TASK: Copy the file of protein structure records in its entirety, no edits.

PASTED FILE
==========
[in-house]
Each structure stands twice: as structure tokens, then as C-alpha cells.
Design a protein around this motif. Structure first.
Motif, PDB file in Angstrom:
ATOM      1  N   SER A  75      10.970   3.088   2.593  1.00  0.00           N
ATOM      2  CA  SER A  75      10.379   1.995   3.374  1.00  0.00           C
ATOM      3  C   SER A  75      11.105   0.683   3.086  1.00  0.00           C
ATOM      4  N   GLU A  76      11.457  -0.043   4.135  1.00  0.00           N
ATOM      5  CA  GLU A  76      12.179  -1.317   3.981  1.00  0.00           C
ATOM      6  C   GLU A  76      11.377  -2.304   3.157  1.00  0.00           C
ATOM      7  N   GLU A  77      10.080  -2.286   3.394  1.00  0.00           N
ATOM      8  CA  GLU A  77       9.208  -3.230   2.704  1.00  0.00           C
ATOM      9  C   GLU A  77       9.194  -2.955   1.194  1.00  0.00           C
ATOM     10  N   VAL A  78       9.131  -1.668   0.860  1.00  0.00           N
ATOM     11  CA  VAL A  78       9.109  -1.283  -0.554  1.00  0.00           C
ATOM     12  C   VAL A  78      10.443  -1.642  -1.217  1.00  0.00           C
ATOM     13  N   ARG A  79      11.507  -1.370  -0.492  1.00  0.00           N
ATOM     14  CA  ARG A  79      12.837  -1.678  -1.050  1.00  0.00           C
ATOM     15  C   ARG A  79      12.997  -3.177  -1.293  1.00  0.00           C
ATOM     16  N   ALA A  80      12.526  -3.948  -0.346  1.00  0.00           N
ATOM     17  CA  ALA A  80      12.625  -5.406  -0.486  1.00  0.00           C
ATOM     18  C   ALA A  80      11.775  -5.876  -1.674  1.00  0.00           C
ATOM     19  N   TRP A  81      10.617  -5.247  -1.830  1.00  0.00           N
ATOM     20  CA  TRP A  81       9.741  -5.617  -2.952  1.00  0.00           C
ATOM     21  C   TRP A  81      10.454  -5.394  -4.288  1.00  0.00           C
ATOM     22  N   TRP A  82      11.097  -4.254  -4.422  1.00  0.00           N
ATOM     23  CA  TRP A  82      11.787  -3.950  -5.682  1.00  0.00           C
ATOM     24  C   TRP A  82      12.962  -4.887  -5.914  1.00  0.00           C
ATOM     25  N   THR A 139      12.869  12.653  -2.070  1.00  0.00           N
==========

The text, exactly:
[in-house]
Each structure stands twice: as structure tokens, then as C-alpha cells.
Design a protein around this motif. Structure first.
Motif, PDB file in Angstrom:
ATOM      1  N   SER A  75      10.970   3.088   2.593  1.00  0.00           N
ATOM      2  CA  SER A  75      10.379   1.995   3.374  1.00  0.00           C
ATOM      3  C   SER A  75      11.105   0.683   3.086  1.00  0.00           C
ATOM      4  N   GLU A  76      11.457  -0.043   4.135  1.00  0.00           N
ATOM      5  CA  GLU A  76      12.179  -1.317   3.981  1.00  0.00           C
ATOM      6  C   GLU A  76      11.377  -2.304   3.157  1.00  0.00           C
ATOM      7  N   GLU A  77      10.080  -2.286   3.394  1.00  0.00           N
ATOM      8  CA  GLU A  77       9.208  -3.230   2.704  1.00  0.00           C
ATOM      9  C   GLU A  77       9.194  -2.955   1.194  1.00  0.00           C
ATOM     10  N   VAL A  78       9.131  -1.668   0.860  1.00  0.00           N
ATOM     11  CA  VAL A  78       9.109  -1.283  -0.554  1.00  0.00           C
ATOM     12  C   VAL A  78      10.443  -1.642  -1.217  1.00  0.00           C
ATOM     13  N   ARG A  79      11.507  -1.370  -0.492  1.00  0.00           N
ATOM     14  CA  ARG A  79      12.837  -1.678  -1.050  1.00  0.00           C
ATOM     15  C   ARG A  79      12.997  -3.177  -1.293  1.00  0.00           C
ATOM     16  N   ALA A  80      12.526  -3.948  -0.346  1.00  0.00           N
ATOM     17  CA  ALA A  80      12.625  -5.406  -0.486  1.00  0.00           C
ATOM     18  C   ALA A  80      11.775  -5.876  -1.674  1.00  0.00           C
ATOM     19  N   TRP A  81      10.617  -5.247  -1.830  1.00  0.00           N
ATOM     20  CA  TRP A  81       9.741  -5.617  -2.952  1.00  0.00           C
ATOM     21  C   TRP A  81      10.454  -5.394  -4.288  1.00  0.00           C
ATOM     22  N   TRP A  82      11.097  -4.254  -4.422  1.00  0.00           N
ATOM     23  CA  TRP A  82      11.787  -3.950  -5.682  1.00  0.00           C
ATOM     24  C   TRP A  82      12.962  -4.887  -5.914  1.00  0.00           C
ATOM     25  N   THR A 139      12.869  12.653  -2.070  1.00  0.00           N